The finding of the Endurance shines a light on Shackleton again The finding of the Endurance shines a light on Shackleton again

Ernest Shackleton’s Endurance has been discovered 107 years after it sank and on the 100th anniversary of the explorer’s funeral
10 March 2022

One of the world’s most legendary shipwrecks has finally been discovered in Antarctica, approximately four miles from where it was recorded before it was crushed by ice.

Sir Ernest Shackleton’s Endurance, lost under the ice more than a century ago, was discovered remarkably intact, more than 3km deep in the Weddell Sea.

Coincidentally, the ship was found on Saturday; the 100th anniversary of Shackleton’s funeral, according to the Falklands Maritime Heritage Trust.

The ship was found nearly a month after the Endurance22 expedition set off from Cape Town. More than 100 people, including researchers and crewmembers, were on the team who discovered it.

“We have made polar history with the discovery of Endurance, and successfully completed the world’s most challenging shipwreck search”, said expedition leader John Shears.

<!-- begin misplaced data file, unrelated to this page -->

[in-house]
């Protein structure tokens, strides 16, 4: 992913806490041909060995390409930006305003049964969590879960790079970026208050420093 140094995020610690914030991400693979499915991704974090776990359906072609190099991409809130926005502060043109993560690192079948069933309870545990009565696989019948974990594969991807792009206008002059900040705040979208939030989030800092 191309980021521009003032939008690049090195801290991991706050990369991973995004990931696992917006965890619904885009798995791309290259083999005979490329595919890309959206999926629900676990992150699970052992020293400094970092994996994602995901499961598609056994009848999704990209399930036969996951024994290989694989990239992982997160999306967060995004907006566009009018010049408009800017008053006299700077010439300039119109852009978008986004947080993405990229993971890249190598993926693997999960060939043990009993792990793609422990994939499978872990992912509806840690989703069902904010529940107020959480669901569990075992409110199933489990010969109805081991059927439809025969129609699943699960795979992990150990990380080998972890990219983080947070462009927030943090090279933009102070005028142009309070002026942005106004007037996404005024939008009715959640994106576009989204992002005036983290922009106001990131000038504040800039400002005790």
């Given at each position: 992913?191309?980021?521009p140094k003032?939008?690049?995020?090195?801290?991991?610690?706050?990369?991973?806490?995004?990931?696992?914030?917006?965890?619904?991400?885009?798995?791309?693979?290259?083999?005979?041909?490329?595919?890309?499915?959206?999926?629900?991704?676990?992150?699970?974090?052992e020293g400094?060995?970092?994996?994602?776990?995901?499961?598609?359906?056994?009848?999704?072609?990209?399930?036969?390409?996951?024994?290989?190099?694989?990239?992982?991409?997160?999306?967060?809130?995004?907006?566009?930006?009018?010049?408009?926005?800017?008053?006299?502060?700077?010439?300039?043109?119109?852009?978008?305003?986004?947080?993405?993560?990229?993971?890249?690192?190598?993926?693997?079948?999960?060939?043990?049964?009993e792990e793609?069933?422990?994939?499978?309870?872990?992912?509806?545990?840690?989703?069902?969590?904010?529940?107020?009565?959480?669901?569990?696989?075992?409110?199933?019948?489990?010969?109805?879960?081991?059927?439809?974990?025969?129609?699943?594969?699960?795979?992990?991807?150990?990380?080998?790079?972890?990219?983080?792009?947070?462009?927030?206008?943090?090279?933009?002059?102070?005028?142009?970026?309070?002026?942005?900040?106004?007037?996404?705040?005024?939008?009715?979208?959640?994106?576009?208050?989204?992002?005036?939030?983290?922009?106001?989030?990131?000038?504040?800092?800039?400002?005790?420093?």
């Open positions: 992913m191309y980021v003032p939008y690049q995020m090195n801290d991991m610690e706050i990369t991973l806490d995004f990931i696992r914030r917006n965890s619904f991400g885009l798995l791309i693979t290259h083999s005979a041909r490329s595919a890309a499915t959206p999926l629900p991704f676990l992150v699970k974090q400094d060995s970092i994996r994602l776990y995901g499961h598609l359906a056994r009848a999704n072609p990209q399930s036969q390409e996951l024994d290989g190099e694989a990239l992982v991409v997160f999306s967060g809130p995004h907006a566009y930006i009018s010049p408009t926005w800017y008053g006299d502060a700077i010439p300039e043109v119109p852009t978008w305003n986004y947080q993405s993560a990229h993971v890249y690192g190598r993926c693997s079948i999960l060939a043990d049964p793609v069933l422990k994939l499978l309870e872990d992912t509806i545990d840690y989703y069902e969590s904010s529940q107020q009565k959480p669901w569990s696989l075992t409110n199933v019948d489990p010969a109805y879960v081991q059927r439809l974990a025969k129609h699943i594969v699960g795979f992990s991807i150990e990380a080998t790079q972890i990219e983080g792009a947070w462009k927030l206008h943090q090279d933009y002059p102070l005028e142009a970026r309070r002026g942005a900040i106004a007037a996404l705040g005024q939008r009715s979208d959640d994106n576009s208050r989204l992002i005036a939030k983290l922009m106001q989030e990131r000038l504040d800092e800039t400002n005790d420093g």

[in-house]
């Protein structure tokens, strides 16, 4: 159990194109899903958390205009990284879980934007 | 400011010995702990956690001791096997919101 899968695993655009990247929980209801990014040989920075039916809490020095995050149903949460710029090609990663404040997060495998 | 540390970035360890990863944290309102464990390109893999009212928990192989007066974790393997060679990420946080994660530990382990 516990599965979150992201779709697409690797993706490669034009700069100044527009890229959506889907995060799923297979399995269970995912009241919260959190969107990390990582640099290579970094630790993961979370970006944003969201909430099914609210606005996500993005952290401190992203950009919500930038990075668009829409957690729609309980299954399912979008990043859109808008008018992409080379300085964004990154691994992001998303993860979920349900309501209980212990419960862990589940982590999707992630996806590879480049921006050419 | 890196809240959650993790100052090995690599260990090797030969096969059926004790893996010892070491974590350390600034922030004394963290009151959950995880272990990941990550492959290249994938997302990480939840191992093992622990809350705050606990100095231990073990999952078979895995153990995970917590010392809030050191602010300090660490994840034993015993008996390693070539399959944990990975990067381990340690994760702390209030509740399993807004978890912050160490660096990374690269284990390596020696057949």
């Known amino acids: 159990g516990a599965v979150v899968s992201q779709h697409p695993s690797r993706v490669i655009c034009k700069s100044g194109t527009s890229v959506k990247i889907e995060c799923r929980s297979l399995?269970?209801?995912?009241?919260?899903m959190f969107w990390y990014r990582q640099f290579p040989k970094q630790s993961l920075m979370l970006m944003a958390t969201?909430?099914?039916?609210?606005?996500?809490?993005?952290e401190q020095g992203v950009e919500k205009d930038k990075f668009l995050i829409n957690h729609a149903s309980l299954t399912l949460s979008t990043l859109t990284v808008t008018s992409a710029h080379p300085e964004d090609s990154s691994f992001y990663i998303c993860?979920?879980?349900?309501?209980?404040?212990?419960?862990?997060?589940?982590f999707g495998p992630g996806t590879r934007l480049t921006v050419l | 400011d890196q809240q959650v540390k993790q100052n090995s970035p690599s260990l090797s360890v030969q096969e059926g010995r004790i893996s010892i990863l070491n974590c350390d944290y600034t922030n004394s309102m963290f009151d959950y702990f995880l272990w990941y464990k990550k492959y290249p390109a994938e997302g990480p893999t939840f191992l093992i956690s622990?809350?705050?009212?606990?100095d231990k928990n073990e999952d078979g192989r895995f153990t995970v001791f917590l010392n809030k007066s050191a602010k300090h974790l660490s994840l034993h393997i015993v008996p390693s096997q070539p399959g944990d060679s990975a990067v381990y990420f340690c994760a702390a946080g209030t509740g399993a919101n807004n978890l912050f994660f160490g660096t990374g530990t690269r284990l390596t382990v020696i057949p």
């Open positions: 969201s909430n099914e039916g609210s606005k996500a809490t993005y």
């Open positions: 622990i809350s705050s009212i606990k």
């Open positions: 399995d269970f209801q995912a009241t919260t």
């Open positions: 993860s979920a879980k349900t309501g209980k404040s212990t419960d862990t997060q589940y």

The find has cast a light again on the early days of polar exploration and the remarkable story of the original expedition in which the Endurance set sail for Antarctica in 2014 on the Imperial Trans-Antarctic Expedition. Upon arrival, she was caught in pack ice for 10 months and eventually had to be abandoned as she sank. Photographer Frank Hurley was on the expedition and his striking photos have helped keep the story alive ever since. 

Shackleton and his men camped on the ice for several months until it broke up and they could take to the sea in open boats. After several days they landed on Elephant Island, and the bulk of the men stayed there while Shackleton and five others carried on to South Georgia for help. Ultimately, all the crew survived. Ernest Shackleton himself has been held up as a model of good leadership ever since. He was eventually buried on South Georgia after another expedition to the Southern Ocean. 

The Royal Geographical Society is education partner in the current expedition to find the Endurance. The Society is marking the centenary of Shackleton’s death in a new exhibition, Shackleton’s legacy and the power of early Antarctic photography, on display in its Pavilion at its South Kensington headquarters until 4 May. 

To mark the centenary, award-winning writer Mark Stratton is currently visiting South Georgia on assignment for Wanderlust – read all about it in an upcoming issue. Founding editor Lyn Hughes visited in 2005 and walked in the footsteps of Ernest Shackleton. Lyn says, “You can’t go to Antarctica or South Georgia without being gripped by the story of the Endurance and the resilience of Shackleton and the crew. It stays with you for ever. And with the finding of the Endurance a new generation is going to hear this tale of heroism that is better than anything Hollywood can come up with” 


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